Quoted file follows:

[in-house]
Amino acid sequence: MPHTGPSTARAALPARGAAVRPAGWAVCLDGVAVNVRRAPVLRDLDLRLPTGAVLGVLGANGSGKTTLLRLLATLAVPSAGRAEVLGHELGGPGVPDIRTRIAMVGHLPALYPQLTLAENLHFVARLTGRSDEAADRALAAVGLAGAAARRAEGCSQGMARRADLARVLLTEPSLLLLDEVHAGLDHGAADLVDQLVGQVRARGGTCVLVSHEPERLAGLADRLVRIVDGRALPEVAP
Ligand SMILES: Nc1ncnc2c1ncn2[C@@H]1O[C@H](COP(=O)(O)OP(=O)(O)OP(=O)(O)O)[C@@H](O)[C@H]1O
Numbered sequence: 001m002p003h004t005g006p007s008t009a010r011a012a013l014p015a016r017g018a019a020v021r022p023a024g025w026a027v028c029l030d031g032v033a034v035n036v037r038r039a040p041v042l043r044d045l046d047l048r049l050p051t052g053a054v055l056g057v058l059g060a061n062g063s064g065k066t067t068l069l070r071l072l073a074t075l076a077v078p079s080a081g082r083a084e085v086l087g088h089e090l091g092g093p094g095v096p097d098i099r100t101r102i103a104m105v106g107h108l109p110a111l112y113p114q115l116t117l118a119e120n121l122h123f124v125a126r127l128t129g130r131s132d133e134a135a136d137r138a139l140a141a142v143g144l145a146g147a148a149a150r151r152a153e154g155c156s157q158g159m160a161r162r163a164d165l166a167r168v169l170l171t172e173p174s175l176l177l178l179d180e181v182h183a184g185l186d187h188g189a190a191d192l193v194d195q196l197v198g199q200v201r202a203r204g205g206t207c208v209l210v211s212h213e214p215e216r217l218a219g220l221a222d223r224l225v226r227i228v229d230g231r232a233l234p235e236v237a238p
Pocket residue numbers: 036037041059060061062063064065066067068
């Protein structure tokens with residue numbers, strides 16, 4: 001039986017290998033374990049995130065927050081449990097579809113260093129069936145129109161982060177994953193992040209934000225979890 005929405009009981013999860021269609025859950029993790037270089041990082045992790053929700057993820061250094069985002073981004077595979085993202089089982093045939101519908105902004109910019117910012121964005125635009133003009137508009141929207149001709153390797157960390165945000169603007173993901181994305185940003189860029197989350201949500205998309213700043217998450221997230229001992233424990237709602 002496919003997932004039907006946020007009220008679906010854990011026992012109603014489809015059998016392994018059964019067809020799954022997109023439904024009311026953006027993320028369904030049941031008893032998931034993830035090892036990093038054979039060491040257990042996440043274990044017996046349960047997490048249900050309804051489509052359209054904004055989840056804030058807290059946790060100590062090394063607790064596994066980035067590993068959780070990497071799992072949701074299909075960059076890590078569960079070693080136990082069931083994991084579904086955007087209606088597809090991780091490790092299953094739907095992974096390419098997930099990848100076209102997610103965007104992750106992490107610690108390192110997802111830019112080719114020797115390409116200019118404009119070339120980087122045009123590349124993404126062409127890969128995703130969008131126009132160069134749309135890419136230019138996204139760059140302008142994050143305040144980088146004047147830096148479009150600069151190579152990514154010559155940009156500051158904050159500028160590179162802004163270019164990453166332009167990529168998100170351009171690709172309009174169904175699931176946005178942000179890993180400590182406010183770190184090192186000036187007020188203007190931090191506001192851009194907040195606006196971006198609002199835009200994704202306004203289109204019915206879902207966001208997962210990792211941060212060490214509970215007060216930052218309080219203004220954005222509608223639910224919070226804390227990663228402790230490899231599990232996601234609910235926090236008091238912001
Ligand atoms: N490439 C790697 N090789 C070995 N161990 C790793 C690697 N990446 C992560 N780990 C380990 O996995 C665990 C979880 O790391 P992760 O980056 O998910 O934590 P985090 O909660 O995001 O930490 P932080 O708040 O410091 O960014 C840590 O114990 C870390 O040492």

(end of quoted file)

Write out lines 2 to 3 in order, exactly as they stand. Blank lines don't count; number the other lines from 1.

Amino acid sequence: MPHTGPSTARAALPARGAAVRPAGWAVCLDGVAVNVRRAPVLRDLDLRLPTGAVLGVLGANGSGKTTLLRLLATLAVPSAGRAEVLGHELGGPGVPDIRTRIAMVGHLPALYPQLTLAENLHFVARLTGRSDEAADRALAAVGLAGAAARRAEGCSQGMARRADLARVLLTEPSLLLLDEVHAGLDHGAADLVDQLVGQVRARGGTCVLVSHEPERLAGLADRLVRIVDGRALPEVAP
Ligand SMILES: Nc1ncnc2c1ncn2[C@@H]1O[C@H](COP(=O)(O)OP(=O)(O)OP(=O)(O)O)[C@@H](O)[C@H]1O